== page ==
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Model libraries are useful to have consistent high-quality basic models that can be used as a model itself or as a building block for other models.

Model library conventions within nlmixr2lib

Compartment and parameter names should be all lower case when on their own and should use snakeCase when combined in some way.

Compartment and parameter names are selected to align with those used by rxode2::linCmt() which are described in the vignette: vignette(“rxode2-model-types”, package = “rxode2”).

Compartment naming

Compartment naming follows compartment names with the linCmt() with augmentation for other compartments:

  • depot: The extravascular dosing compartment (for example, the gut for oral dosing or subcutaneous space for subcutaneous dosing)
  • central: The intravascular compartment used for intravenous dosing or for typical pharmacokinetic (PK) model sampling of the drug
  • peripheral1, peripheral2: The first and second peripheral compartments for 2- and 3-compartment PK models
  • effect: The compartment for effect compartment models
  • Therapeutic-area-specific models should use consistent compartment and parameter naming. When adding a new therapeutic area model to the library, please discuss naming first in a new GitHub issue.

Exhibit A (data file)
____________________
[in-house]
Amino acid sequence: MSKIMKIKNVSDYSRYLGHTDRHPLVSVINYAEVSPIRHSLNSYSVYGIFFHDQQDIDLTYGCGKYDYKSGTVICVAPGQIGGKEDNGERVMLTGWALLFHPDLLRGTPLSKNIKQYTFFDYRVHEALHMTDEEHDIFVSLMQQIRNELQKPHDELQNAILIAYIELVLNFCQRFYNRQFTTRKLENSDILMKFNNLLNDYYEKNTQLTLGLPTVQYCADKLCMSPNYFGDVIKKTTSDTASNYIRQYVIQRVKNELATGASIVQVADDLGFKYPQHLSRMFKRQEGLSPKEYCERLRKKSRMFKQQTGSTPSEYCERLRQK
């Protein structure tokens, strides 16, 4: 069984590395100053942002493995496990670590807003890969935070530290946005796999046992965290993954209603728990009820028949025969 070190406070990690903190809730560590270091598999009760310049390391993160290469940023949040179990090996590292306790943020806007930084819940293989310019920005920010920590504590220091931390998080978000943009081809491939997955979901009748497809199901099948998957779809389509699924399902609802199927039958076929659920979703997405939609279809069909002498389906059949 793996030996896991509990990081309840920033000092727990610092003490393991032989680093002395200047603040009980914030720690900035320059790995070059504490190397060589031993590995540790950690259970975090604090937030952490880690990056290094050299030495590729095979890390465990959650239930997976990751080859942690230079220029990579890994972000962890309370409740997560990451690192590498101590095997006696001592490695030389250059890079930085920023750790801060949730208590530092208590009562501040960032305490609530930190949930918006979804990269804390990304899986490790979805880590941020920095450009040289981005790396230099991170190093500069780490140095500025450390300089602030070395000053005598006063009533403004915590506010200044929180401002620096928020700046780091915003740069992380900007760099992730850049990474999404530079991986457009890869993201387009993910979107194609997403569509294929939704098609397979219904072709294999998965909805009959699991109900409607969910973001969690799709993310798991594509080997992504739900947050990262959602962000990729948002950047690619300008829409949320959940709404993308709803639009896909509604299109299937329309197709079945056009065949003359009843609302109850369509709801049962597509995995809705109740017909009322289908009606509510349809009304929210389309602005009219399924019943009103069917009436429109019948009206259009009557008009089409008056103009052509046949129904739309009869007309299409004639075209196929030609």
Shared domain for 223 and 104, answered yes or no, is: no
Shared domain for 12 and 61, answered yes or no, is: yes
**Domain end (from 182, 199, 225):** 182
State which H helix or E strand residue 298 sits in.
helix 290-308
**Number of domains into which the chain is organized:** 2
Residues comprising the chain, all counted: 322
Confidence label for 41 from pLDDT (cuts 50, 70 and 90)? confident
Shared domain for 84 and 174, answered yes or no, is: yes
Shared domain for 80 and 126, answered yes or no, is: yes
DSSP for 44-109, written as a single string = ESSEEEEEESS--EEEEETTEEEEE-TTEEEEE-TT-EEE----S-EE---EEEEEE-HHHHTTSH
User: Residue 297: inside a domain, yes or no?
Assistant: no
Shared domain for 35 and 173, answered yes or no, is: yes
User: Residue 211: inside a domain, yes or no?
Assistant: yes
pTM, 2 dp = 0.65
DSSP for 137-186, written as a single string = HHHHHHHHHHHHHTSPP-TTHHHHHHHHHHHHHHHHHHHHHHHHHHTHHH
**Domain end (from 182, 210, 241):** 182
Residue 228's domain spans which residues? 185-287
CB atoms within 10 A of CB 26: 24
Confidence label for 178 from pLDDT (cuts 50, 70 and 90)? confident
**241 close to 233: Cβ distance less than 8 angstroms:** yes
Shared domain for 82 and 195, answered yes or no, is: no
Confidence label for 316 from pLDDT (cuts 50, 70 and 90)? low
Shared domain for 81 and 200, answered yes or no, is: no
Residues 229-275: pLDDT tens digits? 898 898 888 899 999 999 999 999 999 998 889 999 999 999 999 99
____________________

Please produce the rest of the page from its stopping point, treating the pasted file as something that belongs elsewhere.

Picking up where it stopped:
Estimated parameter naming

To enable more consistent cross-model compatibility, the following conventions should be used unless there is a strong reason for an exception:

  • Pharmacokinetic concentrations in the central compartment should be named cp. cp should be used even when using a linCmt() model (in which case cp <- linCmt() should be used and the residual error should be applied to the cp parameter).
  • Therapeutic-area-specific models should use consistent compartment and parameter naming. When adding a new therapeutic area model to the library, please discuss naming first in a new GitHub issue.

Parameter naming

PK models should use the following parameter naming conventions:

  • ka: absorption rate
  • cl: clearance
  • q: intercompartmental clearance (central to and from peripheral1 compartments)
  • q2: second intercompartmental clearance (central to and from peripheral2 compartments)
  • vc: central volume of distribution
  • vp, vp2: first and second peripheral compartment volumes

When micro-constants are used, they should use the following naming conventions:

  • kel elimination rate (cl/vc)
  • k12, k21, k13, k31: intercompartmental transit rates (q/vc, q/vp, q2/vc, and q2/vp2, respectively)

Parameter transforms

Parameters are often estimated on a transformed scale. For instance, a natural logarithm transform is often used for parameters that must be positive, and a logit transform is often used when a parameter must remain within a specific range.

Transformed parameters should be prefixed with an indicator of the transformation. Preferred transformation prefixes are:

  • l (lower case L): natural log transform
  • logit: logit transform
  • probit: probit transform